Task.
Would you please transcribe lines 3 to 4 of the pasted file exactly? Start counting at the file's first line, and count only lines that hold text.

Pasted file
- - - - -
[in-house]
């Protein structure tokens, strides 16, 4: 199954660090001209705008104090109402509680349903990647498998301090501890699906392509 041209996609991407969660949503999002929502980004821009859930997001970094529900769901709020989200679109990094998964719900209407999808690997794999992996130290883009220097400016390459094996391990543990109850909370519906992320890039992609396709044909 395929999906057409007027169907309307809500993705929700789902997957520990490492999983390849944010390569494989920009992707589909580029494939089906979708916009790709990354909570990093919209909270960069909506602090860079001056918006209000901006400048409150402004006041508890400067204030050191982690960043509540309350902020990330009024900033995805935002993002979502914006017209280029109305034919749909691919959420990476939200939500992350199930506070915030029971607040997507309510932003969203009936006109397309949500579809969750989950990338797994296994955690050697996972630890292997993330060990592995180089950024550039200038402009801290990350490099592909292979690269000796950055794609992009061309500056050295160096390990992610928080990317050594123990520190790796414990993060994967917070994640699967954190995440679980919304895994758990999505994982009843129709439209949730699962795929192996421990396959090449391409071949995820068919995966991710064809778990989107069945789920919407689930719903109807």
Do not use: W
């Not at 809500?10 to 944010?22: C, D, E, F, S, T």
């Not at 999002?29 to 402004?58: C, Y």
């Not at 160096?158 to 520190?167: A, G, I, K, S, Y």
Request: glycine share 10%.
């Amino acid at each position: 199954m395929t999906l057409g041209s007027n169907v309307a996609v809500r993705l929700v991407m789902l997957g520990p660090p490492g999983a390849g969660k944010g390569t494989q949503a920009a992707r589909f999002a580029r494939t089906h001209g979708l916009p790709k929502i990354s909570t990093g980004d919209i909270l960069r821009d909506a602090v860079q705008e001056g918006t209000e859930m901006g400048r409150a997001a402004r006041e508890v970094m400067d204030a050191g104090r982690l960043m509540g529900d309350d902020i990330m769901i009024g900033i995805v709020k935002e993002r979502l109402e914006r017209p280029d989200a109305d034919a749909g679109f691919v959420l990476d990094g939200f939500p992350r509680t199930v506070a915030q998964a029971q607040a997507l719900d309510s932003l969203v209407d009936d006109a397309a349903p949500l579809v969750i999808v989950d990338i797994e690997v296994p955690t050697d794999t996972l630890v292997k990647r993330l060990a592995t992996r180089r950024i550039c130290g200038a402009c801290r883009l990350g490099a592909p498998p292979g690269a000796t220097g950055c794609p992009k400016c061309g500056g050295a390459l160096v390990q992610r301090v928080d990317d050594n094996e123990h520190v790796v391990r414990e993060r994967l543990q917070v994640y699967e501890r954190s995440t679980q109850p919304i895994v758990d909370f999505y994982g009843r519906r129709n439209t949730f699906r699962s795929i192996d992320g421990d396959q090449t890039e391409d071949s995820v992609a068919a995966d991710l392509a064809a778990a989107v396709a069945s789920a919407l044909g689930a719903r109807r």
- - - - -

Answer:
Do not use: W
């Not at 809500?10 to 944010?22: C, D, E, F, S, T």